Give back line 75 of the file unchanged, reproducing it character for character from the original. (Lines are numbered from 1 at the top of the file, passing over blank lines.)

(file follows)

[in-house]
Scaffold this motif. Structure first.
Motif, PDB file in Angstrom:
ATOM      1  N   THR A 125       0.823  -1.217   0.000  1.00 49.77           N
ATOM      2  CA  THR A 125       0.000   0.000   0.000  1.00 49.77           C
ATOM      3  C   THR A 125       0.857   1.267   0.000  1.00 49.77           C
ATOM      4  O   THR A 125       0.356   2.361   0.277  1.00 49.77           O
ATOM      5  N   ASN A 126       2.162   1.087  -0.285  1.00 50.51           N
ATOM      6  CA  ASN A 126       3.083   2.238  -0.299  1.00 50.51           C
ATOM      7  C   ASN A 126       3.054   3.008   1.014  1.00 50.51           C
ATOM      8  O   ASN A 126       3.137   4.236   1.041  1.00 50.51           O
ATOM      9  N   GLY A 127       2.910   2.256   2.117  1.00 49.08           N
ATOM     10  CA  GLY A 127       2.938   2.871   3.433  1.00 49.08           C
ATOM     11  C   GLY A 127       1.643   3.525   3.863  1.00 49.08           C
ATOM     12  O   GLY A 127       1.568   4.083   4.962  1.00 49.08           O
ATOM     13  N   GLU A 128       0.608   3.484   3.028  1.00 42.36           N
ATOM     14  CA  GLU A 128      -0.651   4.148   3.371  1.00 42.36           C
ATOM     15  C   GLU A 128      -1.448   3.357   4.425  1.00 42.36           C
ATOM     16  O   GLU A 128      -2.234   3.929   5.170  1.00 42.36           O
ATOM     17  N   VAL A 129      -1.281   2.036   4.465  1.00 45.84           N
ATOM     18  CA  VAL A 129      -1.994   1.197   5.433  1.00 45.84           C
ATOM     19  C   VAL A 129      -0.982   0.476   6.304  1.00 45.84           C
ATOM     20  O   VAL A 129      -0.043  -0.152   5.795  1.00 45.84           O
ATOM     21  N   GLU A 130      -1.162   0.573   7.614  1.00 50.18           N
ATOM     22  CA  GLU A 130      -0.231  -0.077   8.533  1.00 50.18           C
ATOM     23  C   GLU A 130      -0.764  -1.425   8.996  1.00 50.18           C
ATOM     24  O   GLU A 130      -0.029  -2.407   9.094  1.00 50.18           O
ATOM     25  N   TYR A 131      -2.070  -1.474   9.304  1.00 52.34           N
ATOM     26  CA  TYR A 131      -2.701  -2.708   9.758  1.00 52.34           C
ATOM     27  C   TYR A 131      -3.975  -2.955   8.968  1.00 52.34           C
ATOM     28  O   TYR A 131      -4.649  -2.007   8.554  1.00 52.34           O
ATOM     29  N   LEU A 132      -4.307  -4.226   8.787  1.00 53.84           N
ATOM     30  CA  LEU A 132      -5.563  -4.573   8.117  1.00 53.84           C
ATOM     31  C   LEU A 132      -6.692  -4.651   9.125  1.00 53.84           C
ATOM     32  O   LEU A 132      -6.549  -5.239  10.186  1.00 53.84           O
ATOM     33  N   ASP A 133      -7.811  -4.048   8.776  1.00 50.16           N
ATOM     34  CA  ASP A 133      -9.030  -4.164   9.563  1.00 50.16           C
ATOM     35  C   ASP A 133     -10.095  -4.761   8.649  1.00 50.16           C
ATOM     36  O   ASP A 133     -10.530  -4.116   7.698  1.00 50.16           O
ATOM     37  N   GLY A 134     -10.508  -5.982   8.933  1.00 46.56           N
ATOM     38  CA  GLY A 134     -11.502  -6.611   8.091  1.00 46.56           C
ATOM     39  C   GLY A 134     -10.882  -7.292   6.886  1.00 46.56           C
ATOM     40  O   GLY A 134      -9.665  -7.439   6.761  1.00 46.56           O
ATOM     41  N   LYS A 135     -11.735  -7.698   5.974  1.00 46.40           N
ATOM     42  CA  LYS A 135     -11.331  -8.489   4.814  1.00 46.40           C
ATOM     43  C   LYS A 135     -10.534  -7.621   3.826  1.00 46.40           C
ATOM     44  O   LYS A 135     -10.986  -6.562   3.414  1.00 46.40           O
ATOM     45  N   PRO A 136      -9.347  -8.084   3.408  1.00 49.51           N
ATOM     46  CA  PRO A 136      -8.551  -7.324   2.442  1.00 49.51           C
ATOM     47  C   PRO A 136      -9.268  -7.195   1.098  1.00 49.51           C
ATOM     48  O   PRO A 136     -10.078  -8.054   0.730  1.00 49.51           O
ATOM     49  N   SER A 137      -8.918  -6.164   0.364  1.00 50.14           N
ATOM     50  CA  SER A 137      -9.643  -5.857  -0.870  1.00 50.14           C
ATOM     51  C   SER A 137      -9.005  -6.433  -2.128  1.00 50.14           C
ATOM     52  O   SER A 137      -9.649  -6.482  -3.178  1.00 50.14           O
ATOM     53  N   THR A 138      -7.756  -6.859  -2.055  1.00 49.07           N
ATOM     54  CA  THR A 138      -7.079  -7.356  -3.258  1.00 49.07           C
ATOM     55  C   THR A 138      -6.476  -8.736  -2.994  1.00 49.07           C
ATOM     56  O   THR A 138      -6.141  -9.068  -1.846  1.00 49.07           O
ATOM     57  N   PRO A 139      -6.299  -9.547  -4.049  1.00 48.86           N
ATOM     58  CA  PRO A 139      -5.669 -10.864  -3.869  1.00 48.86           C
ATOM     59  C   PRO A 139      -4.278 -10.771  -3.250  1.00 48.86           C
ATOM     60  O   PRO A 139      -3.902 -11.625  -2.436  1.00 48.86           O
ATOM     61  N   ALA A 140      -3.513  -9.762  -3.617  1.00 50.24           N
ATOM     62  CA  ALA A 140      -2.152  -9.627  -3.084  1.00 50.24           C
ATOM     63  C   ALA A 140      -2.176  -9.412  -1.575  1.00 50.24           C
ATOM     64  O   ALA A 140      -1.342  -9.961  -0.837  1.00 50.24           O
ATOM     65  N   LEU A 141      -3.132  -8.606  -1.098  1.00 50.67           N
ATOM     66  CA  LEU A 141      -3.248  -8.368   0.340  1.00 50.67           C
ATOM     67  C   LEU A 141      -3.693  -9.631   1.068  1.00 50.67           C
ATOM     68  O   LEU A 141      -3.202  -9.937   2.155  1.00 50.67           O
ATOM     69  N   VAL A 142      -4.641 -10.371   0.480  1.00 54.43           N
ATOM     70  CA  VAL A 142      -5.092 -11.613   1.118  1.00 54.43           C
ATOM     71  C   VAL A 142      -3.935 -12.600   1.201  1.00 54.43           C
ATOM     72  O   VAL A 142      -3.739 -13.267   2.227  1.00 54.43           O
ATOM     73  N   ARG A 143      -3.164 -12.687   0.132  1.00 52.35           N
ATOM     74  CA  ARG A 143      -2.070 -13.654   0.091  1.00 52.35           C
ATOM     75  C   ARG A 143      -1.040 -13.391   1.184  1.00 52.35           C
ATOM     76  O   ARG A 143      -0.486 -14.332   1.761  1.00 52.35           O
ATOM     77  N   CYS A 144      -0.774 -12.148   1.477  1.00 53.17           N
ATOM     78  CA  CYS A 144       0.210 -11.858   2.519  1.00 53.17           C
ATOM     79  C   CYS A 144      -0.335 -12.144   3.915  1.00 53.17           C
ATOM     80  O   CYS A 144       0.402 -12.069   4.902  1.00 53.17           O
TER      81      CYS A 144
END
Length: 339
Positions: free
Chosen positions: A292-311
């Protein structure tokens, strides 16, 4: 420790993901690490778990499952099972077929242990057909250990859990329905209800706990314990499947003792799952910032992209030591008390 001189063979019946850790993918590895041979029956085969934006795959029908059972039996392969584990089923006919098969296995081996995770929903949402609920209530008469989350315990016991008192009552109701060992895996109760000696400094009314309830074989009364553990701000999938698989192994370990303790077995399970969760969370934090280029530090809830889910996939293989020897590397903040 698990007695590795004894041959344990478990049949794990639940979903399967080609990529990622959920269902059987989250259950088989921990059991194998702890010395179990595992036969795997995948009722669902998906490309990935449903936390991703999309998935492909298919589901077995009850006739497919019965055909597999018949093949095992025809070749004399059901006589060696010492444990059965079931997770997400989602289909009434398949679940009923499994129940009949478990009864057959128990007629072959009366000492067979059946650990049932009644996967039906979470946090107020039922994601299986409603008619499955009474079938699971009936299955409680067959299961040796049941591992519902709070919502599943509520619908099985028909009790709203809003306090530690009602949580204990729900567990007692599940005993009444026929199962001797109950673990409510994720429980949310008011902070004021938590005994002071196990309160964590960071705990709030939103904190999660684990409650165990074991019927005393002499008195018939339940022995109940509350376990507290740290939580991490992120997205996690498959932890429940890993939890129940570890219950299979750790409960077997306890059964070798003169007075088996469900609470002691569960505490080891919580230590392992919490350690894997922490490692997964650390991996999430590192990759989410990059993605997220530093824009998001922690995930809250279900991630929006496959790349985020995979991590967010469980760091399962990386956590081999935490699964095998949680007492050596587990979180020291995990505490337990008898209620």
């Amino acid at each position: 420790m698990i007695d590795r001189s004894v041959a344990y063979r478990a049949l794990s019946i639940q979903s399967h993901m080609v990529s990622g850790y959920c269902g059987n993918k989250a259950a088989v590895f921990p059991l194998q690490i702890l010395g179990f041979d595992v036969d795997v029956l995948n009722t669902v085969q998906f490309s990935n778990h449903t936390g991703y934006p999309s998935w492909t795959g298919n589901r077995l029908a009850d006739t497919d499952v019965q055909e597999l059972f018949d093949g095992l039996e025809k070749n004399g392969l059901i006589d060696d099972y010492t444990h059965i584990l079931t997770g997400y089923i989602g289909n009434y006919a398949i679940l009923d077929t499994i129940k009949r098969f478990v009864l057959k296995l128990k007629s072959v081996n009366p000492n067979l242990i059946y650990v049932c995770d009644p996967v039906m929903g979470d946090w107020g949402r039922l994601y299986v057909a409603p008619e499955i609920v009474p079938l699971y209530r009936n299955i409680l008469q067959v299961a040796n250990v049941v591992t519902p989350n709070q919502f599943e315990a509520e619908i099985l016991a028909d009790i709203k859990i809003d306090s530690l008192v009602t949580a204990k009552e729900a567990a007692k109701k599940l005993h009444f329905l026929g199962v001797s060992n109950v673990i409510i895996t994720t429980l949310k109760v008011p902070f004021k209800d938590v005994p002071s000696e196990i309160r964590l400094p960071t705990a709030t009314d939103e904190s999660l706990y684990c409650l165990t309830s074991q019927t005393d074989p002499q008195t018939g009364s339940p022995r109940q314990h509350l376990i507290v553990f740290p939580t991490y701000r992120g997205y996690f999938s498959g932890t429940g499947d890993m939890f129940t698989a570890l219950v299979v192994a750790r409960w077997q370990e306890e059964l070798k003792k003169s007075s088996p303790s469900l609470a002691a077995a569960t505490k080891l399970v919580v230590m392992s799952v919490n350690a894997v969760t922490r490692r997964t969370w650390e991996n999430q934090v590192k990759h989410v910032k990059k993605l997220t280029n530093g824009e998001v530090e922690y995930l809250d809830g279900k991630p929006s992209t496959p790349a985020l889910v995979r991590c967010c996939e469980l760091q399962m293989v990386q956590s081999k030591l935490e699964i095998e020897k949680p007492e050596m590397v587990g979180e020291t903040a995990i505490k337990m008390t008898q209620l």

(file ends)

ATOM     72  O   VAL A 142      -3.739 -13.267   2.227  1.00 54.43           O